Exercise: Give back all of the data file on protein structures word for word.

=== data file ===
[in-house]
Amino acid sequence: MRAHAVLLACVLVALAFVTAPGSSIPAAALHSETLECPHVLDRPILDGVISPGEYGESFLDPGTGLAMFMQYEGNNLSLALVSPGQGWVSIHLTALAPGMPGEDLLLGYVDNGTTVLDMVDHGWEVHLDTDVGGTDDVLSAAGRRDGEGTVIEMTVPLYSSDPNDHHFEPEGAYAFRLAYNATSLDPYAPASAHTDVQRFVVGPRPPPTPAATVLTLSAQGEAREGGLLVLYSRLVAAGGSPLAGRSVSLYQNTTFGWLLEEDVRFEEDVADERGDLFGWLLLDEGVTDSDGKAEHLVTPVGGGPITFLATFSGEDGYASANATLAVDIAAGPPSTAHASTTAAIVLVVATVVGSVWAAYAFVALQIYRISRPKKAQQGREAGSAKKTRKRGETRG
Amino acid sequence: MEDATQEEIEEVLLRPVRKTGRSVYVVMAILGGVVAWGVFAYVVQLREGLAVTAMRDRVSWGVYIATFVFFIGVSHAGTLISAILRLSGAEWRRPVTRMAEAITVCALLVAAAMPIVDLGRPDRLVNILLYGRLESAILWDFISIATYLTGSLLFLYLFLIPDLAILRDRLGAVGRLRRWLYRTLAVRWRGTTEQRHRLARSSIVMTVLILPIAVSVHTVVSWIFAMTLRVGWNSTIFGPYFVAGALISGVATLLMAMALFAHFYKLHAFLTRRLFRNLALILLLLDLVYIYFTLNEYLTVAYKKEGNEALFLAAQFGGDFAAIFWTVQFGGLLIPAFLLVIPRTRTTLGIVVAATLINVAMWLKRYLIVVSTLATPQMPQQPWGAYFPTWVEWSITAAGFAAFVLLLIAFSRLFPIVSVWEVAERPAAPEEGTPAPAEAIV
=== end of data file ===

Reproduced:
[in-house]
Amino acid sequence: MRAHAVLLACVLVALAFVTAPGSSIPAAALHSETLECPHVLDRPILDGVISPGEYGESFLDPGTGLAMFMQYEGNNLSLALVSPGQGWVSIHLTALAPGMPGEDLLLGYVDNGTTVLDMVDHGWEVHLDTDVGGTDDVLSAAGRRDGEGTVIEMTVPLYSSDPNDHHFEPEGAYAFRLAYNATSLDPYAPASAHTDVQRFVVGPRPPPTPAATVLTLSAQGEAREGGLLVLYSRLVAAGGSPLAGRSVSLYQNTTFGWLLEEDVRFEEDVADERGDLFGWLLLDEGVTDSDGKAEHLVTPVGGGPITFLATFSGEDGYASANATLAVDIAAGPPSTAHASTTAAIVLVVATVVGSVWAAYAFVALQIYRISRPKKAQQGREAGSAKKTRKRGETRG
Amino acid sequence: MEDATQEEIEEVLLRPVRKTGRSVYVVMAILGGVVAWGVFAYVVQLREGLAVTAMRDRVSWGVYIATFVFFIGVSHAGTLISAILRLSGAEWRRPVTRMAEAITVCALLVAAAMPIVDLGRPDRLVNILLYGRLESAILWDFISIATYLTGSLLFLYLFLIPDLAILRDRLGAVGRLRRWLYRTLAVRWRGTTEQRHRLARSSIVMTVLILPIAVSVHTVVSWIFAMTLRVGWNSTIFGPYFVAGALISGVATLLMAMALFAHFYKLHAFLTRRLFRNLALILLLLDLVYIYFTLNEYLTVAYKKEGNEALFLAAQFGGDFAAIFWTVQFGGLLIPAFLLVIPRTRTTLGIVVAATLINVAMWLKRYLIVVSTLATPQMPQQPWGAYFPTWVEWSITAAGFAAFVLLLIAFSRLFPIVSVWEVAERPAAPEEGTPAPAEAIV